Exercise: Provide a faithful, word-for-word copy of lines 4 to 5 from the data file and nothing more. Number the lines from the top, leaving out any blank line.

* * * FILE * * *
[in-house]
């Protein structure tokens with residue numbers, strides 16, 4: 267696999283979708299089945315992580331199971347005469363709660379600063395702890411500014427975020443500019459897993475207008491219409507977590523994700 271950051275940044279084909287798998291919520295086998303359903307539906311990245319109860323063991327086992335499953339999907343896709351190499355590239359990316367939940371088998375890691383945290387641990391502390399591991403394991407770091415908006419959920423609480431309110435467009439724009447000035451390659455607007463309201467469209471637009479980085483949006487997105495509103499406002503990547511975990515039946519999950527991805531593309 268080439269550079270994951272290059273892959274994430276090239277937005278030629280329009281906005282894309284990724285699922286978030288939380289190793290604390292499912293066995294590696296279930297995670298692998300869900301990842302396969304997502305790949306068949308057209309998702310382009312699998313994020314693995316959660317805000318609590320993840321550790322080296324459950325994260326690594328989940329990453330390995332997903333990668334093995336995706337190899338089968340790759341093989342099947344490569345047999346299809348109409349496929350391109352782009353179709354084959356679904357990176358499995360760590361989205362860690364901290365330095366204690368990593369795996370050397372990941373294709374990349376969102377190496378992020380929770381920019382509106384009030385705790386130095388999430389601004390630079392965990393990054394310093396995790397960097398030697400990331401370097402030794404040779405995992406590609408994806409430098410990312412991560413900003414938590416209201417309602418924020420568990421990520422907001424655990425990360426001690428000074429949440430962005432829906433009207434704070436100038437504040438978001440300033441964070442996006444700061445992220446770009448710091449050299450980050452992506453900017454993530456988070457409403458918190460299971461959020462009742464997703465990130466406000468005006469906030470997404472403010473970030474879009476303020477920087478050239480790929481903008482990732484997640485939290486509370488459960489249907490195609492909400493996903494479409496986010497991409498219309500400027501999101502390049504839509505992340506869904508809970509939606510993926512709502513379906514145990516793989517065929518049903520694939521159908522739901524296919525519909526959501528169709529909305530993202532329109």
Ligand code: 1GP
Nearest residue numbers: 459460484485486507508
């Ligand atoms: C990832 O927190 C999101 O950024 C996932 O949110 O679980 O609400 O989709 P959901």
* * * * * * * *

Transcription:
Nearest residue numbers: 459460484485486507508
């Ligand atoms: C990832 O927190 C999101 O950024 C996932 O949110 O679980 O609400 O989709 P959901």